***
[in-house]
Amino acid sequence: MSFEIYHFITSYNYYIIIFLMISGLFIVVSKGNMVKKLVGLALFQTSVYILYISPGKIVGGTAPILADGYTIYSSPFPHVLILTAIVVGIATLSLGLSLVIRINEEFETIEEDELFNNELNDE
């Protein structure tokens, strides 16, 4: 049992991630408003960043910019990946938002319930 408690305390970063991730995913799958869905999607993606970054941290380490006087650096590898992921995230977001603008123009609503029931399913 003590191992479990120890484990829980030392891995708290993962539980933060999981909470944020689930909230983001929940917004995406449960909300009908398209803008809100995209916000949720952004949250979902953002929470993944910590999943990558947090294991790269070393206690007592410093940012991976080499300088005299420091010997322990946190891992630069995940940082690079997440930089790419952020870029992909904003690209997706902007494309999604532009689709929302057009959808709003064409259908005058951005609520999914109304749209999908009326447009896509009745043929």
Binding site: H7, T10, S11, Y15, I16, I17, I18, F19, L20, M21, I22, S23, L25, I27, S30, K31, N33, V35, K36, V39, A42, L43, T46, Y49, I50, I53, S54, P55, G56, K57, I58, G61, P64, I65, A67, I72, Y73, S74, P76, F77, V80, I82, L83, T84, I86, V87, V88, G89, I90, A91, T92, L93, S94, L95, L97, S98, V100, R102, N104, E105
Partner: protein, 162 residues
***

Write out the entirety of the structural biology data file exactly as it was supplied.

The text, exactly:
[in-house]
Amino acid sequence: MSFEIYHFITSYNYYIIIFLMISGLFIVVSKGNMVKKLVGLALFQTSVYILYISPGKIVGGTAPILADGYTIYSSPFPHVLILTAIVVGIATLSLGLSLVIRINEEFETIEEDELFNNELNDE
């Protein structure tokens, strides 16, 4: 049992991630408003960043910019990946938002319930 408690305390970063991730995913799958869905999607993606970054941290380490006087650096590898992921995230977001603008123009609503029931399913 003590191992479990120890484990829980030392891995708290993962539980933060999981909470944020689930909230983001929940917004995406449960909300009908398209803008809100995209916000949720952004949250979902953002929470993944910590999943990558947090294991790269070393206690007592410093940012991976080499300088005299420091010997322990946190891992630069995940940082690079997440930089790419952020870029992909904003690209997706902007494309999604532009689709929302057009959808709003064409259908005058951005609520999914109304749209999908009326447009896509009745043929």
Binding site: H7, T10, S11, Y15, I16, I17, I18, F19, L20, M21, I22, S23, L25, I27, S30, K31, N33, V35, K36, V39, A42, L43, T46, Y49, I50, I53, S54, P55, G56, K57, I58, G61, P64, I65, A67, I72, Y73, S74, P76, F77, V80, I82, L83, T84, I86, V87, V88, G89, I90, A91, T92, L93, S94, L95, L97, S98, V100, R102, N104, E105
Partner: protein, 162 residues